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Expression of Girdin in Human Colorectal Cancer and Its Association with Tumor Progression

Jun, Byoung Yeon M.D.1; Kim, Sang Woo M.D.1; Jung, Chan Kwon M.D.2; Cho, Yu Kyung M.D.1; Lee, In Seok M.D.1; Choi, Myung-Gyu M.D.1; Choi, Kyu Yong M.D.1; Oh, Seong Taek M.D.3

Diseases of the Colon & Rectum: January 2013 - Volume 56 - Issue 1 - p 51–57
doi: 10.1097/DCR.0b013e31826b9b7e
Original Contribution: Colorectal/Anal Neoplasia

BACKGROUND: Girdin is crucial for cellular motility in cancer cell lines and for metastasis in a mouse model. Its expression has been demonstrated in a range of cancers by a few studies and was a prognostic factor in a subset of patients.

OBJECTIVE: The aim of this study was to investigate the relationship of Girdin expression to clinicopathologic factors in terms of the progression of colorectal cancers and patient survival.

DESIGN: This study is a retrospective review of immunohistochemical and clinicopathologic data.

SETTING: This study was conducted at a tertiary care hospital/referral center in South Korea.

PATIENTS: Tissue microarrays were made from surgical biopsies of 298 patients with colorectal cancer diagnosed between November 1996 and August 2007. Patients were included in the study if their survival time was known and if well-preserved surgical biopsy specimens were available.

MAIN OUTCOME MEASURES: The primary outcomes measured were Girdin expression and its association in tumor progression and patient survival.

RESULTS: Positive staining for Girdin was observed in samples from 66 of 242 patients (27.3%). Expression of Girdin was significantly associated with tumor-node-metastasis stage (p = 0.036), liver metastasis (p = 0.025), and metastases involving the liver and other organs (p = 0.009). However, Girdin expression did not correlate significantly with the overall survival of patients and was not a significant negative prognostic factor for survival by univariate or multivariate analyses.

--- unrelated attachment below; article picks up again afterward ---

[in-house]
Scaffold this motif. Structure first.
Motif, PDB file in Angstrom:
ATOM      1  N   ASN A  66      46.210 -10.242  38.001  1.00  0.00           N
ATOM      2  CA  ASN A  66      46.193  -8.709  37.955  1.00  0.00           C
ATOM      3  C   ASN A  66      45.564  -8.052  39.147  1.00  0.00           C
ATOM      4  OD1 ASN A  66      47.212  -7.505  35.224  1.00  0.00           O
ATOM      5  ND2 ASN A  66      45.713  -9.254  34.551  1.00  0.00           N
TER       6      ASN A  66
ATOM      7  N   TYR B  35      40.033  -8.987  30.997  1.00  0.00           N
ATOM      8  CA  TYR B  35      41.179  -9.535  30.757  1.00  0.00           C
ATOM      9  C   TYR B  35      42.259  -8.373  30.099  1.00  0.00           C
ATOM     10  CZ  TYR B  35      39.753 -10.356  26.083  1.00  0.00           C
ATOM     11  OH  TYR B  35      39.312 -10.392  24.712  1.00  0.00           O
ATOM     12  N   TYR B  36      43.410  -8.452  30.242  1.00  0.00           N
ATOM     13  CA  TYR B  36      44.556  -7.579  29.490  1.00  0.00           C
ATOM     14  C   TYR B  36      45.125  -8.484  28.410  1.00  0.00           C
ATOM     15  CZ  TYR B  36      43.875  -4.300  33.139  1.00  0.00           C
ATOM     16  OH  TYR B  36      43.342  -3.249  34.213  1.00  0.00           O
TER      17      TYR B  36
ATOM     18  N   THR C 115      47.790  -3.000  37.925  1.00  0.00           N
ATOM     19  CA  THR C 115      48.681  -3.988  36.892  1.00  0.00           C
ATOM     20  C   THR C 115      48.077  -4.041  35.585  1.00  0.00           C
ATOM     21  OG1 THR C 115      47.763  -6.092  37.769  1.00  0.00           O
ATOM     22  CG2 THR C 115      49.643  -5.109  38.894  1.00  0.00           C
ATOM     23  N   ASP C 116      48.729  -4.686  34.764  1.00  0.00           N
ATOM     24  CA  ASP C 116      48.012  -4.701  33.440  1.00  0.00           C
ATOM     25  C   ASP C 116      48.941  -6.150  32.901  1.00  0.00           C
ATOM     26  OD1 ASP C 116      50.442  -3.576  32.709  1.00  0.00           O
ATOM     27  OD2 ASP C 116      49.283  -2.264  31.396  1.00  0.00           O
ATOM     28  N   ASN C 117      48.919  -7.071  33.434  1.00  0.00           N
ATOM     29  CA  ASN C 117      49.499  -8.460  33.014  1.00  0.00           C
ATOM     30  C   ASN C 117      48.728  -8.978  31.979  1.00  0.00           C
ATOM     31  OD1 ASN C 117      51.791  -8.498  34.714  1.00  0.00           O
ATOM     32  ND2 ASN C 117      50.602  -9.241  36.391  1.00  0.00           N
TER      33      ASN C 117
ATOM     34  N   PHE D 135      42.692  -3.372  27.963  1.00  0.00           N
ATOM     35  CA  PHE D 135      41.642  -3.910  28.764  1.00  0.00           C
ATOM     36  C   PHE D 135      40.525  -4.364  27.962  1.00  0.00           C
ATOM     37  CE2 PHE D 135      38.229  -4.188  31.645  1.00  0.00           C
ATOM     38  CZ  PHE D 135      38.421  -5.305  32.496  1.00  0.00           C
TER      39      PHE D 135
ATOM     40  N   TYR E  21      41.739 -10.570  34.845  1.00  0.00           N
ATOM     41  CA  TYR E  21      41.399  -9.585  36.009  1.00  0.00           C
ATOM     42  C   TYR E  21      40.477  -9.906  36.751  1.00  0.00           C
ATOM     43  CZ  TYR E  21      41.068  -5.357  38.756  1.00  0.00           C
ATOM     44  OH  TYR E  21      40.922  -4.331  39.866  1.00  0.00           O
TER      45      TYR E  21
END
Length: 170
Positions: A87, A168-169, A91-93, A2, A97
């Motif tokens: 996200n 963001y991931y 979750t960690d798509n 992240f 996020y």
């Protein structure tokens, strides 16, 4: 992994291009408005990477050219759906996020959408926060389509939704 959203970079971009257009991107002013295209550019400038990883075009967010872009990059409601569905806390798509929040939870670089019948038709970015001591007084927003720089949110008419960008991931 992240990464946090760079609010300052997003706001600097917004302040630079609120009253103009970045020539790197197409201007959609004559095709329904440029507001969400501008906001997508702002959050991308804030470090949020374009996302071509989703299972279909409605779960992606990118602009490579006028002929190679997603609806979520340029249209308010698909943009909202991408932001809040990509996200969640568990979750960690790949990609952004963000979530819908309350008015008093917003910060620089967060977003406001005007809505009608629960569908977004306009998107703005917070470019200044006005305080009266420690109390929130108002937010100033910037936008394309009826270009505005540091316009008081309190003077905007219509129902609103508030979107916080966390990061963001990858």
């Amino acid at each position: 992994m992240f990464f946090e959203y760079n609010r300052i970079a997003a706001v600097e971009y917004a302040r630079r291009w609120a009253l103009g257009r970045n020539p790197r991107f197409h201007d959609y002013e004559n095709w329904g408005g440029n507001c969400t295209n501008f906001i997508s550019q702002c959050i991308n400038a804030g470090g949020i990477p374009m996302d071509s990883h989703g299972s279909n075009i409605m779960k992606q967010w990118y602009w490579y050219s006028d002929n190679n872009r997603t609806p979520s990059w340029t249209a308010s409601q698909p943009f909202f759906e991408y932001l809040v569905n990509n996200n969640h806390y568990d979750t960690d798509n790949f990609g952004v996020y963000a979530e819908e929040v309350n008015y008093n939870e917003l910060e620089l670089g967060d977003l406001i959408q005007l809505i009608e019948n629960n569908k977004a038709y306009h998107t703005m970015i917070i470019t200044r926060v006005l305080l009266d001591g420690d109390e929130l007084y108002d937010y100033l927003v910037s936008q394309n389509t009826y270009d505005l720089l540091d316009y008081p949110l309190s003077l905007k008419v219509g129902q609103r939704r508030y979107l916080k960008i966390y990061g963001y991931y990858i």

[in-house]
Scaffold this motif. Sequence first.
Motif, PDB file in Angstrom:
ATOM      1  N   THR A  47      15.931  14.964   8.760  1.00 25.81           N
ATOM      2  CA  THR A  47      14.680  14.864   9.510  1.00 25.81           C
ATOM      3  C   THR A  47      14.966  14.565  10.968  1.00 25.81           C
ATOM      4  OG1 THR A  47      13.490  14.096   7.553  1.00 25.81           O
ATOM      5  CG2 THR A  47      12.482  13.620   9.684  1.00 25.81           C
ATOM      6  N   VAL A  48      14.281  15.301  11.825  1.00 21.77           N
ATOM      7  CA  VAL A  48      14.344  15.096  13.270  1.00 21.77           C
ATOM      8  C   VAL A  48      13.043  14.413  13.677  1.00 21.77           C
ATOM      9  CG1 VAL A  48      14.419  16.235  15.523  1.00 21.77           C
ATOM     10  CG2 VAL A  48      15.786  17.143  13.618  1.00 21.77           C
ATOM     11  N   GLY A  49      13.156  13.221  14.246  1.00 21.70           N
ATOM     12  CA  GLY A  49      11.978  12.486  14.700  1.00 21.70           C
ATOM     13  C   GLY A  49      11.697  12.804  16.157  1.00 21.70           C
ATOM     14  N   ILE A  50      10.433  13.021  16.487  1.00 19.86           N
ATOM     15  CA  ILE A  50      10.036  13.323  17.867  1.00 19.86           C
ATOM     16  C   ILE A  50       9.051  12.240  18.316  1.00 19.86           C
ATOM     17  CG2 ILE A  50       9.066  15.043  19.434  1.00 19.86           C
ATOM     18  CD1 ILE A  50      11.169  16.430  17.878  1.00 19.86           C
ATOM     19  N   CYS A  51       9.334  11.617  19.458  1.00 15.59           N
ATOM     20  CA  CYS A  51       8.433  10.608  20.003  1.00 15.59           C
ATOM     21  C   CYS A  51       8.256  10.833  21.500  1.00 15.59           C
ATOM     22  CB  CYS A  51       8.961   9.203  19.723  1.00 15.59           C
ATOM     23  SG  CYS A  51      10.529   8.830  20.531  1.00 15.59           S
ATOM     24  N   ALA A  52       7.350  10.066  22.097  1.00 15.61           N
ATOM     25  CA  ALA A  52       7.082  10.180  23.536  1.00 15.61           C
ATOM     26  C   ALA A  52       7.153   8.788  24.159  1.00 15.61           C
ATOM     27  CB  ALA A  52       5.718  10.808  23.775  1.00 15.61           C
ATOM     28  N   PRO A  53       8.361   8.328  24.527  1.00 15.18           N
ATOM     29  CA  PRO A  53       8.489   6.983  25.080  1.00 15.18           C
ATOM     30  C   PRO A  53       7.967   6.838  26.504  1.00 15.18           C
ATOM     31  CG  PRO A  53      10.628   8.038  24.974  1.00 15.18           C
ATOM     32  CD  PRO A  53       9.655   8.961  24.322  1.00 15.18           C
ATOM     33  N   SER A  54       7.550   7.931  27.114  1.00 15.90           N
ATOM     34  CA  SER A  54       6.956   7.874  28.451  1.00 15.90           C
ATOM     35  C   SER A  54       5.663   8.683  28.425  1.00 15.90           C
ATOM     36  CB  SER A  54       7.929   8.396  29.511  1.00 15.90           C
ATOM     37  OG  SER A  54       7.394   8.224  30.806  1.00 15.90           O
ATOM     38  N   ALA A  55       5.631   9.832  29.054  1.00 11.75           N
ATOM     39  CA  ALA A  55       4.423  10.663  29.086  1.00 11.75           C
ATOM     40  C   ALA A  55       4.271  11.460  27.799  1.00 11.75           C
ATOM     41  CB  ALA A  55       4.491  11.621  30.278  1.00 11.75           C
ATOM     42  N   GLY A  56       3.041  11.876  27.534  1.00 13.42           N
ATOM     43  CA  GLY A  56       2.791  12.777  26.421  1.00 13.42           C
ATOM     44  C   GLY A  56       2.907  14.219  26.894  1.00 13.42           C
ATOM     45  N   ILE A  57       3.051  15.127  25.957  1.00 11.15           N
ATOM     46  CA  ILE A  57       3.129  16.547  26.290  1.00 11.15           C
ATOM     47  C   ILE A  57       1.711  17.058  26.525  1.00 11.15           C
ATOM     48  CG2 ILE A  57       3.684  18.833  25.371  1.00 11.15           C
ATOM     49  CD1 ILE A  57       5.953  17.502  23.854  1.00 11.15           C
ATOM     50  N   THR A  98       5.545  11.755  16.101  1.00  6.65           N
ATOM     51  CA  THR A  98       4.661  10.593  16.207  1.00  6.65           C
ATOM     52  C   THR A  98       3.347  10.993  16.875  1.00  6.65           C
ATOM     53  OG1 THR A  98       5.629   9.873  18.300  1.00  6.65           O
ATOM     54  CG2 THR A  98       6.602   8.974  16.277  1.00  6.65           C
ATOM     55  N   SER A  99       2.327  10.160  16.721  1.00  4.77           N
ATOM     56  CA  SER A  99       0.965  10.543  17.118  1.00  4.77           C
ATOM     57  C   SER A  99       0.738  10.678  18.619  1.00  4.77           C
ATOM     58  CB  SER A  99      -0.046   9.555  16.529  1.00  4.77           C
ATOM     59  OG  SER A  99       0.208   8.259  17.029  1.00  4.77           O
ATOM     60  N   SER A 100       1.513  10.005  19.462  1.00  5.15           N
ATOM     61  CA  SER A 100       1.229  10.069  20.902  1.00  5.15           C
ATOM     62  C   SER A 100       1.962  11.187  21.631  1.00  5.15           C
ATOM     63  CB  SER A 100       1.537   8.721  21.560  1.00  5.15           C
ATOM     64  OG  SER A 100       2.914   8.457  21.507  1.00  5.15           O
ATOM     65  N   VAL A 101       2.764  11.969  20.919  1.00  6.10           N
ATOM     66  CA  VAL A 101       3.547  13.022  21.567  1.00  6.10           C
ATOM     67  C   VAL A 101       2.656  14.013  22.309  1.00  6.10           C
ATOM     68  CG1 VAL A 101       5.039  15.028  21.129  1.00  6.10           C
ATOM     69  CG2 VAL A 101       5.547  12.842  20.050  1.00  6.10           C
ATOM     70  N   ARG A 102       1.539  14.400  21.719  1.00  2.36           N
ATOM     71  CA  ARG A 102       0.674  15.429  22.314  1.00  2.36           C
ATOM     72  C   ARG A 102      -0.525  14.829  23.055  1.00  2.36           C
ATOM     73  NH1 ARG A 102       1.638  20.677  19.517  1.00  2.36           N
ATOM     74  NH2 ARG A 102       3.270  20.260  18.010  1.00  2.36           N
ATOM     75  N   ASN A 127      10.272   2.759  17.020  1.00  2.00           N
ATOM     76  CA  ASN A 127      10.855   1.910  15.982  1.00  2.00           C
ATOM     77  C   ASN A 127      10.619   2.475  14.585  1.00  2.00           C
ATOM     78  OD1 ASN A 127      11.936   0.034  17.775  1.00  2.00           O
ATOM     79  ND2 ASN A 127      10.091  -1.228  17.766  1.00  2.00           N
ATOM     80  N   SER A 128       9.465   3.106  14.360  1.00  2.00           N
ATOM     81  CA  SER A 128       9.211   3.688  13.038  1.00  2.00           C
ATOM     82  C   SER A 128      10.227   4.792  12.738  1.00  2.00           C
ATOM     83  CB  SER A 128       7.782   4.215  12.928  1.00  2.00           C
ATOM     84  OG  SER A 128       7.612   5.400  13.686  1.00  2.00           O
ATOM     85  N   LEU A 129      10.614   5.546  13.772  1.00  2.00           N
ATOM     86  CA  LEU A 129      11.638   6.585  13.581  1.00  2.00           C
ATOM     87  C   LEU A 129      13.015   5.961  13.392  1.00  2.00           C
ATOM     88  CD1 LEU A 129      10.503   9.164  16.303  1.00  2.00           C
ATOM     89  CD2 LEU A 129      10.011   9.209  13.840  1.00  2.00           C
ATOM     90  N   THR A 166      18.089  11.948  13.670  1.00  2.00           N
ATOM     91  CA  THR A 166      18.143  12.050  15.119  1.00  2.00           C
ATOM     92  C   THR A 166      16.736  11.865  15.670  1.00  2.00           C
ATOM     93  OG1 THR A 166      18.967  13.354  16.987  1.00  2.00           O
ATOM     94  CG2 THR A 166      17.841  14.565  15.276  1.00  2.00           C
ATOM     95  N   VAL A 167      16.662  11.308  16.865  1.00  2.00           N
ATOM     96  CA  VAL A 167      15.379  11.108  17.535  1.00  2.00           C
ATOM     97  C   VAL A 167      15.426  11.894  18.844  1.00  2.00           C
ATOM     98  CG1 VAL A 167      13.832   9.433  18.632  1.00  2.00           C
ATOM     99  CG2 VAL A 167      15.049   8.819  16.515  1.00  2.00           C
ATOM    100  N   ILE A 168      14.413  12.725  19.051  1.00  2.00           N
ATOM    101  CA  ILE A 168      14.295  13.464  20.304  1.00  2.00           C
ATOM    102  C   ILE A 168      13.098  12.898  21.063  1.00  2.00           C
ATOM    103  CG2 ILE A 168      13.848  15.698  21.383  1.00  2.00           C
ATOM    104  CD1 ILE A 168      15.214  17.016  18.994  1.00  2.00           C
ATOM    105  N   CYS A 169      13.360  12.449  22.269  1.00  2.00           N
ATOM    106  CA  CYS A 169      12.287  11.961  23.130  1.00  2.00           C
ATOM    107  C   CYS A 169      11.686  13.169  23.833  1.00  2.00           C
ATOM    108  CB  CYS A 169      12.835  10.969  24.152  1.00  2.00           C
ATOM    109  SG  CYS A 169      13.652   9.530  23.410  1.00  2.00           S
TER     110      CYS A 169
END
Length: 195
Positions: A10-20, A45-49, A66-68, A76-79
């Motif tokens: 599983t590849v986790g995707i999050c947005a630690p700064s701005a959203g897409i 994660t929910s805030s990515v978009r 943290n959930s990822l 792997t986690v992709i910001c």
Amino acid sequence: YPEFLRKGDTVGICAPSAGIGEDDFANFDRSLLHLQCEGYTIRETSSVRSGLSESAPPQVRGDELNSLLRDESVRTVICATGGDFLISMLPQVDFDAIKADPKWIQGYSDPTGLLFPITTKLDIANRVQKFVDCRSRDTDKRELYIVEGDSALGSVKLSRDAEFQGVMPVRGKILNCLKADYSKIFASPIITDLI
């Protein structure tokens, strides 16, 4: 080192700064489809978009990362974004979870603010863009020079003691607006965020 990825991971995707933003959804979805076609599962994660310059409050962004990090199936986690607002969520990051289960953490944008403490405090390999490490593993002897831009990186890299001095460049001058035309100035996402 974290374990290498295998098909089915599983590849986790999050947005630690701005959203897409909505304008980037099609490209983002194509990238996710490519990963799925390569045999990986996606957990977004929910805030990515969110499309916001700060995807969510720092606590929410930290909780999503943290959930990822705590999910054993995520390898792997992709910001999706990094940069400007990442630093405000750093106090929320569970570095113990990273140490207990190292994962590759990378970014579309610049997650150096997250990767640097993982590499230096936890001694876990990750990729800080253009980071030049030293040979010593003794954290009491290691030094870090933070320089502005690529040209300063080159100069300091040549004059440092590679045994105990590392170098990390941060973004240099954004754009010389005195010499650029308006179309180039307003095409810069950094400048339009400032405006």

LIMITATIONS: The number of investigated patients and the number of cases with positive staining for Girdin were rather small for the multivariate analysis. The inclusion time frame is long and includes other surgical and medical improvements, which influence a patient’s survival.

CONCLUSION: The expression of Girdin is related to tumor metastasis but not to survival in human colorectal cancers.

1 Department of Internal Medicine, College of Medicine, The Catholic University of Korea, Seoul, Republic of Korea

2 Department of Hospital Pathology, College of Medicine, The Catholic University of Korea, Seoul, Republic of Korea

3 Department of Surgery, College of Medicine, The Catholic University of Korea, Seoul, Republic of Korea

Financial Disclosure: None reported.

Correspondence: Sang Woo Kim, M.D., Division of Gastroenterology, Department of Internal Medicine, Seoul St Mary’s Hospital, College of Medicine, The Catholic University of Korea, 505 Banpo-dong, Seocho-gu, Seoul, 137-701, Korea. E-mail:

© The ASCRS 2013